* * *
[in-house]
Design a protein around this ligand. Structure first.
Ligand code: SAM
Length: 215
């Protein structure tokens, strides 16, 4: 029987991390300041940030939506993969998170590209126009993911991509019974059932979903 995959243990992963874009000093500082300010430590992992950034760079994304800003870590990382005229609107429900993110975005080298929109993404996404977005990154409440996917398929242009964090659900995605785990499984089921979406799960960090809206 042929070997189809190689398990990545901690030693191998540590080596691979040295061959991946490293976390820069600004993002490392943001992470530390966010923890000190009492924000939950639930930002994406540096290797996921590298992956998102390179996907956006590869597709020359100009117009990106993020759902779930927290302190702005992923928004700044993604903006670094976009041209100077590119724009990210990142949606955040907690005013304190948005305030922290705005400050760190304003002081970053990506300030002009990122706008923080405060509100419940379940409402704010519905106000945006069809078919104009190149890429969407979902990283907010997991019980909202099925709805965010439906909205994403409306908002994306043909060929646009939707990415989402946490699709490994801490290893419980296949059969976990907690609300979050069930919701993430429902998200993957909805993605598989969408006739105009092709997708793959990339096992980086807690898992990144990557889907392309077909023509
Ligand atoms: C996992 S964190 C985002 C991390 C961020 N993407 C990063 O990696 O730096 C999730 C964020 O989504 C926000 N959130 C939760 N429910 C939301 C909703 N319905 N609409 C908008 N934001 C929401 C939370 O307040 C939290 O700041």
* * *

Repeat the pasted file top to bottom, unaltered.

[in-house]
Design a protein around this ligand. Structure first.
Ligand code: SAM
Length: 215
């Protein structure tokens, strides 16, 4: 029987991390300041940030939506993969998170590209126009993911991509019974059932979903 995959243990992963874009000093500082300010430590992992950034760079994304800003870590990382005229609107429900993110975005080298929109993404996404977005990154409440996917398929242009964090659900995605785990499984089921979406799960960090809206 042929070997189809190689398990990545901690030693191998540590080596691979040295061959991946490293976390820069600004993002490392943001992470530390966010923890000190009492924000939950639930930002994406540096290797996921590298992956998102390179996907956006590869597709020359100009117009990106993020759902779930927290302190702005992923928004700044993604903006670094976009041209100077590119724009990210990142949606955040907690005013304190948005305030922290705005400050760190304003002081970053990506300030002009990122706008923080405060509100419940379940409402704010519905106000945006069809078919104009190149890429969407979902990283907010997991019980909202099925709805965010439906909205994403409306908002994306043909060929646009939707990415989402946490699709490994801490290893419980296949059969976990907690609300979050069930919701993430429902998200993957909805993605598989969408006739105009092709997708793959990339096992980086807690898992990144990557889907392309077909023509
Ligand atoms: C996992 S964190 C985002 C991390 C961020 N993407 C990063 O990696 O730096 C999730 C964020 O989504 C926000 N959130 C939760 N429910 C939301 C909703 N319905 N609409 C908008 N934001 C929401 C939370 O307040 C939290 O700041």